Stories about China from May, 2015
"What I see is Ma’s fear as a male leader of increasing female power, having already made so much money from women."
"Now wicked people have taken control and good people are in jail."
Letscorp, a site devoted to bridging information across Chinese speaking communities, reposted an online joke on Twitter that vividly captures mainland Chinese censorship practices. 老大：官员好不好，百姓说了算。宣传部：我补充一句，大多数百姓不明真相。团中央：没事，我们有一千万网评员保证舆论。公安：还有漏网的我们就抓。央视：再让他们嫖娼。环球：就说他们收了美国人的钱。外交部发言人：依据相关法律和政策，我国有充分言论自由。人民日报：你瞧，这是人民的选择嘛 — 墙外楼 (@letscorp) May 28, 2015 Man on top [implying Chinese president Xi Jinping]: Whether a government official is performing well should be judged by...
After months of touting for rising prices, the Communist Party newspaper People's Daily posted a cautionary note this month, warning that stock trading is “high risk.”
Patrick Wong contributed to this post. Chinese netizens are having a good laugh over the mechanized missteps of government-controlled robot commenters, who have been criticizing messages sent by their own masters. A few weeks ago, a group of robots seized upon a congratulatory message posted on Weibo over a year...
'Speak out in a timely way and positively guide mistaken opinions and thoughts in order to grow mainstream thought and sentiment on the Internet.'
Pu Zhiqiang was indicted on charges of "inciting ethnic hatred" and "picking quarrels and provoking a disturbance." The case against him is based on about 30 online postings he wrote.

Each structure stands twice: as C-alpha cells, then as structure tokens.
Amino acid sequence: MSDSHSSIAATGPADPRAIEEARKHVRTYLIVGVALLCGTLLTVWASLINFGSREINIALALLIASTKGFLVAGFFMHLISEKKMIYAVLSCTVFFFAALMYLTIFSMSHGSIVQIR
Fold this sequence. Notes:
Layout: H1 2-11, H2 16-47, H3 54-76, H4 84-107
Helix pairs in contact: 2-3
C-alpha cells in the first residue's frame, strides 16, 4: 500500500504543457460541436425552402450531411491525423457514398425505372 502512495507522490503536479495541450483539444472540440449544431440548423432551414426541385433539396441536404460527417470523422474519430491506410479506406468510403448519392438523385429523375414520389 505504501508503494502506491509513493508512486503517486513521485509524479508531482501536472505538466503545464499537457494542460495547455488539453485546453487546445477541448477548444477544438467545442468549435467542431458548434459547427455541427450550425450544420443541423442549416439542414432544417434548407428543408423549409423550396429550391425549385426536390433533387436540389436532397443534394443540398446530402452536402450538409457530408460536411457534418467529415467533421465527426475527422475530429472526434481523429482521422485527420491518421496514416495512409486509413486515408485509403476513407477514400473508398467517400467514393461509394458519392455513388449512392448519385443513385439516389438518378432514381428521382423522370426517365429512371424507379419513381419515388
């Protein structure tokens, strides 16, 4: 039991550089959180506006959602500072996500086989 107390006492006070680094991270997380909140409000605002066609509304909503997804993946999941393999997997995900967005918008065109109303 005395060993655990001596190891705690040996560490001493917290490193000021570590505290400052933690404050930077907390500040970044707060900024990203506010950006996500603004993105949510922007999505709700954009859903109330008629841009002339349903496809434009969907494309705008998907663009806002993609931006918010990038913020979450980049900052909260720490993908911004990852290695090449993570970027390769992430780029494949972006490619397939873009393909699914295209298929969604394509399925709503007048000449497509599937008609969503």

A man was shot after fighting with an officer inside a train station. To many, it was violence typical of government efforts to maintain stability at all costs.
After Lei Jun’s English skills were mocked following a short speech at one of the tech giant's product launches, Chinese are once again asking—Is English important for business internationalisation?
Web users are criticizing local Chinese authorities for cracking down on crowd-sourced taxi service Uber, accusing them of protecting the taxi industry and attacking yet another foreign Internet company.
"To celebrate the Mother's Day for our mother country, the Bijie city theatre in Guizhou Province puts on a grand performance of 'The Collapse of the Chinese Dream.'"
A new song written by an ethnic Han encourages people to abandon their prejudices towards Xinjiang, a western region in China where ethnic tensions still simmer.
The "fundamental purpose of the law" is "to significantly tighten the Government's control over civil society," Human Rights Watch told Global Voices.
Authorities raided Uber offices in China twice in one week as part of a crackdown on unlicensed taxis. Some believe the real reason is to wipe out a foreign competitor.
Many believe that both the $2-million censorship of cleavages and the government's proposal are expensive, unnecessary, not genuine and submissive to Beijing's political will.